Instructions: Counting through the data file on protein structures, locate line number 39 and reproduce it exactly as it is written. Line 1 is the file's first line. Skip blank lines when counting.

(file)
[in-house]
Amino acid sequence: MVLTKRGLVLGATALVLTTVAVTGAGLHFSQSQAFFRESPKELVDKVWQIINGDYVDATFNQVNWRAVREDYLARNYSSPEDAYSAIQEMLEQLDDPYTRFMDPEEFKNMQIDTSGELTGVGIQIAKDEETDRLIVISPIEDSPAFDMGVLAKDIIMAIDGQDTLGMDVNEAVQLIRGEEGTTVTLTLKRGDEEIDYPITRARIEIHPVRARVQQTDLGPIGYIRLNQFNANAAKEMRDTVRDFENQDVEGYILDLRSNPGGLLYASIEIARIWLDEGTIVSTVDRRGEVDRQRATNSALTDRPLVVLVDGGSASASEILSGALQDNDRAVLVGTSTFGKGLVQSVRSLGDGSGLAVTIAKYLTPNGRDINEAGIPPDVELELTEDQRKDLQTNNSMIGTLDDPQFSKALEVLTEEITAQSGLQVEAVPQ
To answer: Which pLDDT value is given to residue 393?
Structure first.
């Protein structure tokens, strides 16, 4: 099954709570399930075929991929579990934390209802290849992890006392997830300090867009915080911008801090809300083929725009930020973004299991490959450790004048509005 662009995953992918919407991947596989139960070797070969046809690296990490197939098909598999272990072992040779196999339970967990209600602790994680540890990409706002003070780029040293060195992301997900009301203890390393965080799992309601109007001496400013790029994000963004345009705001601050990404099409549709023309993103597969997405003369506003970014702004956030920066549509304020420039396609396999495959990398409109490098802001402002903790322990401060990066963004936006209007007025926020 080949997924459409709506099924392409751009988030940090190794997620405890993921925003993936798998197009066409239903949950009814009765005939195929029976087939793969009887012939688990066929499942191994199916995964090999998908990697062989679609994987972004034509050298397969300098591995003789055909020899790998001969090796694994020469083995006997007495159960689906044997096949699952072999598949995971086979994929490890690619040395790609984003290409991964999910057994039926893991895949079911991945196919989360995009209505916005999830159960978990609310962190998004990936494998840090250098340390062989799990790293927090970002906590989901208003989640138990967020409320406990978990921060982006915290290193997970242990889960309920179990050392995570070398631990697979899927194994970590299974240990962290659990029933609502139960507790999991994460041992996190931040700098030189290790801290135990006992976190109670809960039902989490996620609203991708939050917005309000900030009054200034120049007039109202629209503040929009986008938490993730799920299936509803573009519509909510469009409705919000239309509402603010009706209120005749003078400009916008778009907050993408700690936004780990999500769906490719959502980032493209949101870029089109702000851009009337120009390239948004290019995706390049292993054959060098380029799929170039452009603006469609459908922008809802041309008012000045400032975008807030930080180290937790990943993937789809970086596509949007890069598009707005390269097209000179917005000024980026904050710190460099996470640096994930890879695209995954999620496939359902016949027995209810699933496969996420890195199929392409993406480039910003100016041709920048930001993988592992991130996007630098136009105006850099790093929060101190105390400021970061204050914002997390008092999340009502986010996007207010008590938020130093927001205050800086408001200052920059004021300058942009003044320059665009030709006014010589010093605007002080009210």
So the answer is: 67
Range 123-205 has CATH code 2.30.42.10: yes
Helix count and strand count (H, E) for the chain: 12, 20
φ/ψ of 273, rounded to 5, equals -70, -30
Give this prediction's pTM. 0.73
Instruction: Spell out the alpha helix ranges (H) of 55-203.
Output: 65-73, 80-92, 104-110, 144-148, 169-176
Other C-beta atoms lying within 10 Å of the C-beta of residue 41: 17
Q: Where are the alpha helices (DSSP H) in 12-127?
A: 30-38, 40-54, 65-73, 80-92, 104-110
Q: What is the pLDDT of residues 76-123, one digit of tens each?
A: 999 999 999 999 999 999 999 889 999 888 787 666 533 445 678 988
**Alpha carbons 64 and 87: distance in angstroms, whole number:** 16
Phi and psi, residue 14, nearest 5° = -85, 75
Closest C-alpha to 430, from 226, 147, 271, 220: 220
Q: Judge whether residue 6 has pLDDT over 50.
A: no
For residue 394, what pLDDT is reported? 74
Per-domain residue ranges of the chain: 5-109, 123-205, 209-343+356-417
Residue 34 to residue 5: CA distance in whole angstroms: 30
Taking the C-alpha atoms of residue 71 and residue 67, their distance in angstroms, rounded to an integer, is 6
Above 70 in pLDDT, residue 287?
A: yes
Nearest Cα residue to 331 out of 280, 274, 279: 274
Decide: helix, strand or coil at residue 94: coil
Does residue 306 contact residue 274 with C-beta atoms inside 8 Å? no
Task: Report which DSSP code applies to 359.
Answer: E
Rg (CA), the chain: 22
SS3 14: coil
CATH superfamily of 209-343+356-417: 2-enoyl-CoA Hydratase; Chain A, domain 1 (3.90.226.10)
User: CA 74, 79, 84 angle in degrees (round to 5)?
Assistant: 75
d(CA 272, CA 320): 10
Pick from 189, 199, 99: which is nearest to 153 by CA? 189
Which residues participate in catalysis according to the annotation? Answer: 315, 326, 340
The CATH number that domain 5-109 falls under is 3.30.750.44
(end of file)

d(CA 272, CA 320): 10